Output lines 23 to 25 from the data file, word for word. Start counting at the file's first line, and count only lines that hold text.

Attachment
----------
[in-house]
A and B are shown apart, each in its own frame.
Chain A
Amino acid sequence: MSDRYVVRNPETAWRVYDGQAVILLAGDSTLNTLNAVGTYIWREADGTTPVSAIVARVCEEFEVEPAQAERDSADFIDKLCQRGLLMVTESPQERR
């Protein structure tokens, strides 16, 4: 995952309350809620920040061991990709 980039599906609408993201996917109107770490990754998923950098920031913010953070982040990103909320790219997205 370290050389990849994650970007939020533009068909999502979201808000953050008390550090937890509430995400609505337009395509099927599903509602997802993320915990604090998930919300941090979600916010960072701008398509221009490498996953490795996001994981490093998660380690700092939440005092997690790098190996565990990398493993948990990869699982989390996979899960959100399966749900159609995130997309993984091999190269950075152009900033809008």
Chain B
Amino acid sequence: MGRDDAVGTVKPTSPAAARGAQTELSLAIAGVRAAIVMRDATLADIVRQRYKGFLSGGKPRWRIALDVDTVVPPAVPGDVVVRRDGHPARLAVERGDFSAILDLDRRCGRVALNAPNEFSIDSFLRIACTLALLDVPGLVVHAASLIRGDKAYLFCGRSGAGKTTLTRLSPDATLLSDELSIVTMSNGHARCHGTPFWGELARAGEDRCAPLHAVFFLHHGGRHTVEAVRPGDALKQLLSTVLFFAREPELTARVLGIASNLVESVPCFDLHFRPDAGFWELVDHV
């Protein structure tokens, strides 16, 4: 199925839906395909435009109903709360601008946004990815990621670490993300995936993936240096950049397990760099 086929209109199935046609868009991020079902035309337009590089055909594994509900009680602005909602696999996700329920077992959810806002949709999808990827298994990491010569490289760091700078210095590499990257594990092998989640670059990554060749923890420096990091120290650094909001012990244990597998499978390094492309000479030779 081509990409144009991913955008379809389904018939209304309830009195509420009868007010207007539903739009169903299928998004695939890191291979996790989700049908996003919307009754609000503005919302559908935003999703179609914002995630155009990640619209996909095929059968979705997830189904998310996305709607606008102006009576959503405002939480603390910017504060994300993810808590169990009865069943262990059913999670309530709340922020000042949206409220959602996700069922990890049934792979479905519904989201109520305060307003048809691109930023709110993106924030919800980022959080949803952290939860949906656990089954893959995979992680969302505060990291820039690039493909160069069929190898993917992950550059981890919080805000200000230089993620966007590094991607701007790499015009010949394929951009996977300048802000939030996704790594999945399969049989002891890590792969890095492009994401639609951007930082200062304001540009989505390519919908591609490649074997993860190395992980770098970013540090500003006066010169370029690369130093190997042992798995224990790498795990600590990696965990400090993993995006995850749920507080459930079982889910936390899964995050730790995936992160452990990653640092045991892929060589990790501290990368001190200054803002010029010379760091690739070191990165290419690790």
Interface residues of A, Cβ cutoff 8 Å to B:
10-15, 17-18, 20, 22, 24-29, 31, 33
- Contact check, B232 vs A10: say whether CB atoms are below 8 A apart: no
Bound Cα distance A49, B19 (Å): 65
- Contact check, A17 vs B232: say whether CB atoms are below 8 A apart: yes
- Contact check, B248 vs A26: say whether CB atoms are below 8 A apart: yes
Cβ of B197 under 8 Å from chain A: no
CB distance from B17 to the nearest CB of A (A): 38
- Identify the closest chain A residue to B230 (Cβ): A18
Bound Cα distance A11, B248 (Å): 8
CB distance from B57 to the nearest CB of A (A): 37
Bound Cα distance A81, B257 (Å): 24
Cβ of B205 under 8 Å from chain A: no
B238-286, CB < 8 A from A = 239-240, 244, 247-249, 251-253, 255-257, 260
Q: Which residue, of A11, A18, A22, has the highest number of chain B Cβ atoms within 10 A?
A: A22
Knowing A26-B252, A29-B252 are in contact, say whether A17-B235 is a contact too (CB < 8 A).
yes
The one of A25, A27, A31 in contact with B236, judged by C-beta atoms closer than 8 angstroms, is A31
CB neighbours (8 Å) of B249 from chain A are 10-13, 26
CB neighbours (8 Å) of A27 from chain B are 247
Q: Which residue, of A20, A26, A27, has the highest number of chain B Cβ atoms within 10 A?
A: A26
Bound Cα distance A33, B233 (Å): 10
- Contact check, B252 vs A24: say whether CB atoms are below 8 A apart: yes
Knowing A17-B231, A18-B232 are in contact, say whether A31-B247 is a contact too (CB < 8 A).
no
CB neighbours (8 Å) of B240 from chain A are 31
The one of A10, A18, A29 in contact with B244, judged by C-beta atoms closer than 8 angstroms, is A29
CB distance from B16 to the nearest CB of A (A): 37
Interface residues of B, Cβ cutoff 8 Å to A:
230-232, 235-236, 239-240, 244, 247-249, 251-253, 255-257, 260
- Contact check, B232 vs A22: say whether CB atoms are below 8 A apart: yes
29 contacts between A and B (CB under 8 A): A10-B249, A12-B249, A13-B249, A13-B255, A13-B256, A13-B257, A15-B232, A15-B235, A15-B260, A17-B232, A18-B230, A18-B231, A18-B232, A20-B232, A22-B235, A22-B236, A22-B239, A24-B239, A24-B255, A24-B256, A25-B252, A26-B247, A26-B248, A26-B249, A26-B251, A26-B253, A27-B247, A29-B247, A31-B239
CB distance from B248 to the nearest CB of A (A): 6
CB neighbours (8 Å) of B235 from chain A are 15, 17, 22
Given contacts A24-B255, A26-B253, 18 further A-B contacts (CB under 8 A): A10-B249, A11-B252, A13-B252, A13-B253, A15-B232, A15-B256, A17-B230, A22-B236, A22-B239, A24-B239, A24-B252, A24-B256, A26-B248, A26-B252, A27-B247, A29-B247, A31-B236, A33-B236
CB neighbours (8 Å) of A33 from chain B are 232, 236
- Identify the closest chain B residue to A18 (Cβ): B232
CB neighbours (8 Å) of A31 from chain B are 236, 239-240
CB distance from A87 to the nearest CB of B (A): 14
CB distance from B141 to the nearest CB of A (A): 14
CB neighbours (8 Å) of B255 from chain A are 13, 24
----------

Q: Which residue, of A11, A18, A22, has the highest number of chain B Cβ atoms within 10 A?
A: A22
Knowing A26-B252, A29-B252 are in contact, say whether A17-B235 is a contact too (CB < 8 A).